Compiled by Vic Chiang

According to China’s Sixth National Population Census in 2010, there are about 13 million people who do not have a hukou, a household registration document that ensures citizen rights to attend school, receive health care, marry, find legal jobs or even buy train tickets. As the Chinese government waived the notorious one-child policy and introduced the new “two-child policy” at the start of 2016, concerns still remain for those who dream to become legal residents in China. Can these people really be granted legal status by their own country?

Distrust towards the new regulation

New York Times reports, Cindy Zhang and her husband have been worrying about their younger child Tutu’s residential status ever since he was born three years ago. If they wanted to get Tutu a hukou, they were told by officials in Beijing that they had to pay a 300,000 RMB (approximately US$46,000) fine for violating the one-child policy. This is an amount the couple can not afford.

On January 14, China’s State Council announced a new directive, ordering local governments to come up with a measure to register hukous for all citizens. It said it was a basic right for all Chinese citizens, and would prohibit any conditions set to bar them from obtaining a hukou.

However, Zhang worries that if she goes and applies for a hukou for her child, she would still be forced to pay the fine first. Her concern is not an overreaction; Cheng, a 43-year-old Beijing resident who had his second child been born in last July says to the New York Times, “I’m now worried the local government might use the new directive as a trap to fine us once they learn we have a second child.”

According to Beijing Youth Daily, Ma Li, a member of the State Council says that families that violated the family planning policy and gave birth to two or more children before January 1, 2016 should still be punished. This statement contradicts the government’s plan to include the status-lacked 13 million people into the hukou system. Moreover, to enforce the law, the government may even take stronger measures and take the illegal parents to the court.

Until now, it is still unsure whether families that violated the policy before should pay the fine. On January 11, the State Council has announced that for those who have already paid the fine, they could not reverse the previous verdict. As for those who haven’t, it is up to the local government to make the decision in each province. Nevertheless, since the detailed regulations have yet to be introduced, it leaves great room for local governments to decide on their own.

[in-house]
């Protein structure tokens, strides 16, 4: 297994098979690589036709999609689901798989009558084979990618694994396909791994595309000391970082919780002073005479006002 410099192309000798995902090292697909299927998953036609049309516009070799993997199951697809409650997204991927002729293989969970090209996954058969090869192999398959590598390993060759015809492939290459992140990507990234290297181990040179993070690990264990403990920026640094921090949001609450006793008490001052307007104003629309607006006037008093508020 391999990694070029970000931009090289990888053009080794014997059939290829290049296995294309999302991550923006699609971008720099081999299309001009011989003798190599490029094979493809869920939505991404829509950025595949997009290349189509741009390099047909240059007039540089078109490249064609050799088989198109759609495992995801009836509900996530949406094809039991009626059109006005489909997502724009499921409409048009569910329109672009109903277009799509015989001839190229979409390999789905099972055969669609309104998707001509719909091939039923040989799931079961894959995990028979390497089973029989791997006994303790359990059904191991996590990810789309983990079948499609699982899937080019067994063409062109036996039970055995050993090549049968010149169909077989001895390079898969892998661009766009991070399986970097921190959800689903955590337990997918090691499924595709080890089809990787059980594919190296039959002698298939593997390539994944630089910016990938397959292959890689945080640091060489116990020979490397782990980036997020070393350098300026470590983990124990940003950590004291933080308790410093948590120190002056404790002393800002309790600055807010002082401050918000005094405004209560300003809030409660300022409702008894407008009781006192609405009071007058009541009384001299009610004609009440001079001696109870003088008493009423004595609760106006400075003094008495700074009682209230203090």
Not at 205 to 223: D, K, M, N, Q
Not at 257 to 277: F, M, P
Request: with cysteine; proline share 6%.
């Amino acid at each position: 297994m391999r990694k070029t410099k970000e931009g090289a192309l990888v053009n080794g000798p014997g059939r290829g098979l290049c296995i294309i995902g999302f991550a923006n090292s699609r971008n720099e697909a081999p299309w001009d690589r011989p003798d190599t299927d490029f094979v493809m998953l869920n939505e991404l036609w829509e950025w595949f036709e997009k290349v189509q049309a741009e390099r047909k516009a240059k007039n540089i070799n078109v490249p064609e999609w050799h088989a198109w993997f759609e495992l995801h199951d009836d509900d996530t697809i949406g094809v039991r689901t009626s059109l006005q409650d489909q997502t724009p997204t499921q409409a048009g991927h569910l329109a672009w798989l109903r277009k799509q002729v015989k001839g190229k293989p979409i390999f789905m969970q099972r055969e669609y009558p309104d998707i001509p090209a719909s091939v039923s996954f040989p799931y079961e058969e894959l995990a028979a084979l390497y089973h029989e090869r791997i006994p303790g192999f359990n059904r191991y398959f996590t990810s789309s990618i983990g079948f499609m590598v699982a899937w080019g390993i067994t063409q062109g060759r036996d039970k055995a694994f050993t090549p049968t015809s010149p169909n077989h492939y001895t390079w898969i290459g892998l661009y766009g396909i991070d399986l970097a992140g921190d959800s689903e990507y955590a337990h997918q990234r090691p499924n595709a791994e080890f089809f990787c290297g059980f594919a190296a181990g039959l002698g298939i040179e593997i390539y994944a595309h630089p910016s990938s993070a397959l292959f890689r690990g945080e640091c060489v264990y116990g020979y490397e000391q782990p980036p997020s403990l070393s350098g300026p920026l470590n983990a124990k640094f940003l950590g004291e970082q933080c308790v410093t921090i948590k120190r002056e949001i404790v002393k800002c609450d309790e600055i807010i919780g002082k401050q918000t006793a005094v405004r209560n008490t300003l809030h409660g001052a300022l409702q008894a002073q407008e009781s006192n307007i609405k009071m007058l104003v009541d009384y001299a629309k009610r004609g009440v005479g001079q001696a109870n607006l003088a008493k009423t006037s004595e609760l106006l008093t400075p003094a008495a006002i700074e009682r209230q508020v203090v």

Photo Credit: Corbis/達志影像

Photo Credit: Corbis/達志影像

Legal loopholes in the shift of policies

Sina reports, in response to this standoff, Wang Ma-li, a resident in Hubei province, has taken the initiative to be the first one in her province to bring the local Family Planning Commission to court.

Same as Zhang, Wang’s second child is already eight months old, but still doesn’t have a hukou. After being tracked down by the local government, she soon received a penalty ticket that required her to pay a 100,000 RMB (approximately US$15,000) fine. However, Wang refused to pay the fine.

Wang says that the penalty ticket was sent in January this year, right after the new two-child policy took effect. She argues that the penalty ticket should abide by the current regulation instead of the old one. With the new regulations still in a mist, it is not legitimate for the government to fine her.

“I do not want to run away. If I run, I’ll need to live in hiding,” says Wang. Officials from the local Family Planning Commission have already sent people to her house to put pressure on her, and asked her to delete her post on Weibo about her story. Wang’s appeal has been approved by the local court, and she will have to fight against the government on her own.

Common Wealth Magazine points out, according to the UN’s Convention related to the Status of Stateless Persons, it requires contracting parties to offer the stateless persons the same minimum rights as foreigners. However, the people who lack hukous in China have to hide in the shadows and are cut off from all access to the basic rights of a citizen.

As China embraces a more liberal family planning policy, more concerns have been raised regarding the legal status of the people who have previously given birth to more than one child. Registering the 13 million people into the hukou system has long been China’s major goal, and some people start questioning the regulation’s legitimacy while waiting for the Chinese government’s final decision.

Edited by Olivia Yang

Beijing Youth Daily
“Chinese Who Violated One-Child Policy Remain Wary of Relaxed Rules" (The New York Times)
CommonWealth Magazine